Florida’s Board of Election banned critical race theory in public school classrooms in a unanimous vote on Thursday, despite a polarizing debate on the controversial topic.
A new amendment by the board blocks topics that “distort historical events,” naming CRT, the 1619 Project and lessons that minimize or deny the Holocaust.
Gov. Ron DeSantis, who’s bashed CRT for months, opened the meeting and urged board members to pass the measure — which was expected but faced fierce opposition from some critics.
“Some of this stuff is, I think, really toxic,” DeSantis said in a virtual appearance.
“I think it’s going to cause a lot of divisions,” he added.
“I think it’ll cause people to think of themselves more as a member of particular race based on skin color, rather than based on the content of their character and based on their hard work and what they’re trying to accomplish in life.”
CRT views racism as systemic in societal structures, but critics say the concept forges a narrative that sows ethnic and racial divisions. DeSantis said the lessons would teach children “the country is rotten and that our institutions are illegitimate” and that is not worth taxpayer money.
In a lengthy meeting in Jacksonville that included more than two dozen speakers, many voiced concerns about the ban – with members against the ban gathering outside the doors, according to First Coast News.
At one point, a chant broke out among pro-CRT people at the meeting.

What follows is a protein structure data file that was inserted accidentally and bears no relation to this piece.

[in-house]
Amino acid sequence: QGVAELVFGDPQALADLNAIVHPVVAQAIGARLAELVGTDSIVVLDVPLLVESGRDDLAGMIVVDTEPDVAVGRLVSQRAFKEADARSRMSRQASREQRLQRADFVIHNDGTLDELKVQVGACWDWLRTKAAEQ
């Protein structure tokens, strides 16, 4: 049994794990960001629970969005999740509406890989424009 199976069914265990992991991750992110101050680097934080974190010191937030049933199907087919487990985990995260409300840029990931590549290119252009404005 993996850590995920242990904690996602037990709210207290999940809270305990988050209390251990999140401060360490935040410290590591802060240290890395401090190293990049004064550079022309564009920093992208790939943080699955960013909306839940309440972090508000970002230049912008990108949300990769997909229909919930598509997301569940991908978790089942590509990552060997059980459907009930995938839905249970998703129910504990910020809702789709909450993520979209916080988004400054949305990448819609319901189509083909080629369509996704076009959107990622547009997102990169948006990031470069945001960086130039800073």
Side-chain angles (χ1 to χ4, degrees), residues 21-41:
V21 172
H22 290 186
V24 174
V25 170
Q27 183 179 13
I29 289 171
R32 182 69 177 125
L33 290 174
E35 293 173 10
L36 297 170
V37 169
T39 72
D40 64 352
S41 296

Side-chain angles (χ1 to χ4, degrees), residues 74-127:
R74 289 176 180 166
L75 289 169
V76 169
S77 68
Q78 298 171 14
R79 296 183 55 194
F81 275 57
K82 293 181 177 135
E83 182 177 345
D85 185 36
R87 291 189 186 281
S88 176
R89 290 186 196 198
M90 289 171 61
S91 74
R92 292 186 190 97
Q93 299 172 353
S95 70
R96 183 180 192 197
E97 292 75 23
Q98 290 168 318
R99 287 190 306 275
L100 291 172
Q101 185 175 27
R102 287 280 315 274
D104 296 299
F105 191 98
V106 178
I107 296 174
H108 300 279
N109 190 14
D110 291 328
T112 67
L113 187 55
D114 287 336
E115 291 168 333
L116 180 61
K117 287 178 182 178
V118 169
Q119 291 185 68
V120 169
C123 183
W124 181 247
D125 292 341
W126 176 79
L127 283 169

“Allow teachers to tell the truth!” they repeated, prompting the board to take a break during a portion where members of the public were allowed to speak, First Coast News said.
The Florida Education Association union pushed back on the measure and called it politically rather than educationally motivated, WPTV reported.
“Students deserve the best education we can provide, and that means giving them a true picture of their world and our shared history as Americans,” union president Andrew Spar reportedly said.
“Hiding facts doesn’t change them. Give kids the whole truth and equip them to make up their own minds and think for themselves.”
The amendment says instruction “may not utilize material from the 1619 Project and may not define American history as something other than the creation of a new nation based largely on universal principles stated in the Declaration of Independence.”
The New York Times’ 1619 Project focused on teaching how slavery and the black experience was tied to the emergence of the United States. The project gets its name from the year believed to be when slaves were first brought to colonial America.
CRT continues to spark heated debate around the country, with many states imposing bans on the theory — and local schools seeing parents clash over the topic.
Loudoun County School District in Virginia has been at the center of the CRT storm, with parents against the teaching claiming they’ve been targeted for their opposition. Opponents of CRT have since called for a recall of local school board members and funded an ad against them.
Loudoun County Supervisor Juli Briskman called resistance to the CRT as “racism evolved,” in a letter obtained by FoxNews.com.
“Being on the right side of history isn’t always easy,” Briskman reportedly wrote.
Sarasota County school member Bridget Ziegler, a mother of three school-aged children, said in an appearance on Fox News after the vote that she believed CRT pits students against each other based on their race and skin color.
“I don’t want my children or their peers to learn to hate America through the anti-American curriculum that we continue to see,” she said.
With Post wires